A medical student has been arrested in southern Russia for allegedly starting rumors that pneumonic plague, a deadly infection that can be transferred between humans, would cause the city of Saratov (POP: 800,000+) to be quarantined.
The 22-year-old blogging medical student, Ivan Peregorodiev, was publicly questioning the 17 confirmed swine flu deaths in the area, wondering ‘aloud’ if the diagnosis was correct. read more
Most of the bloggers I know are hard-working, law-abiding citizens. However, this morning I could not seem to escape stories about bad bay bloggers.
Kevin Cogill, the blogger who foolishly posted the new Guns N’ Roses tracks before they were officially released, was sentenced to two months of home confinement and one year of probation. The good news? He’ll have plenty of time to blog. read more
Seventeen years in the making, there’s no way that Guns n’ Roses’ perpetually forthcoming album Chinese Democracy will live up to the hype. Frustrated by the wait, blogger Kevin Skwerl who runs Antiquiet, decided to leak nine tracks that he received from an “anonymous source.”
Upon returning to work from lunch, a team of FBI agents “ambushed” the Web scribe and forced him to pull the unauthorized music.
Without a hit since the early 90′s, G n’ R clearly aren’t up to speed on using blogs and the Internet as a vehicle to promote their music.
Axl: Can you just release the darn album already?
As it turns out, Antiquiet is a pretty neat blog. They turned me onto a story I hadn’t heard about. Read more about the rock musician who recently told a fan, “Go back to your mom’s house, you 12-year-old dickless fuc*ing turd!”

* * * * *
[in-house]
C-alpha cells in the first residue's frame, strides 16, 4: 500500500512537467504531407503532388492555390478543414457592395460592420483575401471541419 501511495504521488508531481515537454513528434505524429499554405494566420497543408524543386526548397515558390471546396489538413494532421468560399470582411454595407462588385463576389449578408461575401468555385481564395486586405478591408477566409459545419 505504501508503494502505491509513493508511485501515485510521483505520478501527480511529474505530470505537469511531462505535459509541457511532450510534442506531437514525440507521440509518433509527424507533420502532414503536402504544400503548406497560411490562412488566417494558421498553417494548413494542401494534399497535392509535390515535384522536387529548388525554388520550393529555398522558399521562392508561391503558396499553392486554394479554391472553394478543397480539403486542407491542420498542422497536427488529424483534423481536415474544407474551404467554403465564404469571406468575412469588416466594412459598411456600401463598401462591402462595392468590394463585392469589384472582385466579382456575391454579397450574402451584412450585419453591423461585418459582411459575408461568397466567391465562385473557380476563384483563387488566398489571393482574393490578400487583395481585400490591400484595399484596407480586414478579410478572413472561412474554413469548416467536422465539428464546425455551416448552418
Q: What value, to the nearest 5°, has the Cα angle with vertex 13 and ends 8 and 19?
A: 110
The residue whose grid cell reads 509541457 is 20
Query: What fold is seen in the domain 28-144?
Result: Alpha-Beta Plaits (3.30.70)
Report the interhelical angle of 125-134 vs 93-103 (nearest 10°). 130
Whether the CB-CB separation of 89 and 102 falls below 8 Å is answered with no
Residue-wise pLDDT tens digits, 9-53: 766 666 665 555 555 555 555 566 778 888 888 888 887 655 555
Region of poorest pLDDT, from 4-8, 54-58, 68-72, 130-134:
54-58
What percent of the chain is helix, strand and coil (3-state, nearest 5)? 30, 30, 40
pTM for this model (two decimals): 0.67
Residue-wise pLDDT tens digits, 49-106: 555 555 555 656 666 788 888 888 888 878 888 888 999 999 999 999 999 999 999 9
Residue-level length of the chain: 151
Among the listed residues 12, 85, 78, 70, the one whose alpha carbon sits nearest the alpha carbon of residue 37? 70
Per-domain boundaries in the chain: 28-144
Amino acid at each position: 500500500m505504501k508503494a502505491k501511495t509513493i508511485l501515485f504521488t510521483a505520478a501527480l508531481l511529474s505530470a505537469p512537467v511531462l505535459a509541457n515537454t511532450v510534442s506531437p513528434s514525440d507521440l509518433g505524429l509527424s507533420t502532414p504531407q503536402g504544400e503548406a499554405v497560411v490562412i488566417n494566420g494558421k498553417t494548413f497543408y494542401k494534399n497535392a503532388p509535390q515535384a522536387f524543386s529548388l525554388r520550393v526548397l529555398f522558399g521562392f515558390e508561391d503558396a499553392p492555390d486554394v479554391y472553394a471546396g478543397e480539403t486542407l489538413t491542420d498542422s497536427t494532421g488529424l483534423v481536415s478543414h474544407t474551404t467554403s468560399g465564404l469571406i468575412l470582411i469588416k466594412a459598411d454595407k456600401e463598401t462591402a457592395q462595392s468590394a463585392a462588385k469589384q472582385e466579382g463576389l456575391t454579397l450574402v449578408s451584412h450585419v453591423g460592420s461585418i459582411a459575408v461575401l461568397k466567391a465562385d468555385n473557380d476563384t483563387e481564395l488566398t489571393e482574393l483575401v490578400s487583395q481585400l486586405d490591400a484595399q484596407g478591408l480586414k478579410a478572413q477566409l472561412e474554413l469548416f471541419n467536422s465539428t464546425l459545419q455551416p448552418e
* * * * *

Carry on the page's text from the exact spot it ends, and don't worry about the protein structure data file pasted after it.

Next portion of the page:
In a daring mood? Apparently bloggers around the world are willing to do the time if they commit a ‘crime.’
According to a University of Washington annual report, since 2003, 64 people have been arrested for things they wrote on a blog. And the numbers are on the rise. 2007 saw three times as many people arrested for blogging about political issues than in 2006.
The largest concentration of ‘crimes’ took place in China, Egypt and Iran. However, regardless of where you are a citizen, no blogger is truly above the law.
The university cites the “growing” political importance of blogging as a cause for the uptick.
It also should be noted that the Committee to Protect Bloggers has have identified 344 people arrested – in Burma alone – potentially for blogging.
Whatever the number currently is, If I were a betting man, I’d place a wager that the number will be MUCH higher in 2008.